He was beautiful. He was grand. In the summer, his coat was as shiny as a new copper penny. He spent most of his life trying to please everyone around him, especially me. He passed away Oct. 19 at the age of 25.
His name was Royal Crest’s Hi Phi. Though he was a horse, he was my best friend.
Many times, when pet owners have to put an animal down, they have misgivings. “Did I do the right thing?” they ask themselves. I had no misgivings. I had a spectacular vet whom I trusted completely, and I knew it was Phi’s time. I do, however, have misgivings about the amount of time I spent with Phi before he left me.
Phi was one of those one-in-a-million type horses. I first met him when I was 9 years old and looking for my first horse. While I was impressed with him, it was my mother who took to him first. His size intimidated me a bit, and his price tag was too high for my father’s tastes. Instead, I ended up with a free horse whom I also loved to pieces.
Fast forward six years. Phi is skin and bones from several years of neglectful ownership and ends up at the stable where I ride; the owner takes him in and helps him get his strength back. He had seen some hard years since the first time we met, and I wanted nothing more than to wrap him up in my arms and protect him forever.
Once he regained his strength, I started taking riding lessons on him. We bonded instantly, and everyone knew it. People would come up to me and comment on how well the two of us rode together. A year later, he was my Christmas present (now at a price tag much more to my father’s liking). Soon after, we proudly took first in our first horse show together.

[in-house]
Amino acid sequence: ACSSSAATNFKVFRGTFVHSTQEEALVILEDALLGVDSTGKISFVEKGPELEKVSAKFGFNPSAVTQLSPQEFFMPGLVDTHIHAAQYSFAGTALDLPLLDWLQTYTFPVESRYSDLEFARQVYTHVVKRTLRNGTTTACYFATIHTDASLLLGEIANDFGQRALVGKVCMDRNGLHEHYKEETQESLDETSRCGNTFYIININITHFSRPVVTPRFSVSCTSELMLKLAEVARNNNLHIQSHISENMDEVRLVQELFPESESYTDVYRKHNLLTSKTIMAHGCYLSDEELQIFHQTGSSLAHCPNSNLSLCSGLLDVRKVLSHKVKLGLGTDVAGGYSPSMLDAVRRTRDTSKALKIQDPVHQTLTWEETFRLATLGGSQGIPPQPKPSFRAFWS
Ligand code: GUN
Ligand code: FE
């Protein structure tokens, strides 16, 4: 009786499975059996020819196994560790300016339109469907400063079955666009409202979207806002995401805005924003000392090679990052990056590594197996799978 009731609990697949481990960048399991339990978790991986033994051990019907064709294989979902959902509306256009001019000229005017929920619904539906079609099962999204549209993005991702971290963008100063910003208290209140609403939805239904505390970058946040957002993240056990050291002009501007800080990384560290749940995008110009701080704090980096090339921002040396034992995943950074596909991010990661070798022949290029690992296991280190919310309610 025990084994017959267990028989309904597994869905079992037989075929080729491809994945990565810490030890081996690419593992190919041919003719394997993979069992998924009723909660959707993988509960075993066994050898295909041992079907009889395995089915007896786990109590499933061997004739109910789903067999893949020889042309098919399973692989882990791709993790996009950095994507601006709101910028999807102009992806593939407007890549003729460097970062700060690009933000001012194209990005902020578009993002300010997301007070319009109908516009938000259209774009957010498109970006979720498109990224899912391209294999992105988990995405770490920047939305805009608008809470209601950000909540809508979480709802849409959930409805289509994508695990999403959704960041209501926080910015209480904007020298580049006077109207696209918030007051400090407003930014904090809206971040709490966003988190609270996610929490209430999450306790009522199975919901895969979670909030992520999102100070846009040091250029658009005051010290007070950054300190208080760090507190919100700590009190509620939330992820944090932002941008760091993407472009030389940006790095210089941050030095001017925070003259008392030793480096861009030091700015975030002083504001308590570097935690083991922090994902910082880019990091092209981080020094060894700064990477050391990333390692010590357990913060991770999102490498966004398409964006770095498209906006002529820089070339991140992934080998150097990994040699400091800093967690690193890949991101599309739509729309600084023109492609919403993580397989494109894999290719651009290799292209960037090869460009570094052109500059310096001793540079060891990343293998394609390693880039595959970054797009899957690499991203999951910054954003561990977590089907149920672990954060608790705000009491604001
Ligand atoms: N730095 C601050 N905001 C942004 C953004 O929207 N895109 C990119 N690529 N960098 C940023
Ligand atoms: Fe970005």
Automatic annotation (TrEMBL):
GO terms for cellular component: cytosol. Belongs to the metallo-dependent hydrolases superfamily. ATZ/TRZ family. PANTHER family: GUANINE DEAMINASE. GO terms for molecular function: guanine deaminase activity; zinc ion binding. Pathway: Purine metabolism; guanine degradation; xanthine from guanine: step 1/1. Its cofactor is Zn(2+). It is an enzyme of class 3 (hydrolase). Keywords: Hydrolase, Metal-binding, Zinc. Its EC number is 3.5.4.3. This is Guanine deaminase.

Age eventually took its toll though, and Phi came home to begin a life of near retirement. We rode trails and roads for a few years, but toward the end, my 3-year-old daughter was the only one I would set on his back.
What also happened in the last few years, though, is something I am not proud of. While I continued to always give him all the food he needed, and I fussed over him anytime he had a scratch, my life also got in the way — college, marriage, kid. I only got out to my mom’s to see him once, maybe twice, a week. And when I did get out there, my daughter Isabella usually limited my time.
I always kept it last on my list. Once the work is done, the homework, etc., then I can go see him. I missed seeing him every day, but I just couldn’t find the time to see him more.
I understand now what a mistake that was. Friends are priceless. They guide us through the tough times and give us a shoulder to cry on (Phi’s was an especially big shoulder). Yet I’ve had a habit in life of placing friends last, hoping they will be there when I have time for them. Even as I write, I think of cancelled plans for this weekend with my closest human friend because of too much homework.
Especially with the friends who really rely on you, like Phi did, we have to give them the attention they deserve so they know how much we care and appreciate them. While Phi was well provided for physically, he would have loved some extra brushings now and then or an extra scratch behind the ear. Phi was even content to just hang out in the pasture with his head by my shoulder.
While I have and will have other horses, a piece of my heart will always be his. Besides a friend, he was also a teacher, and the last lesson he taught me was to value that friendship and take care of it. One day you might lose it, and never get it back.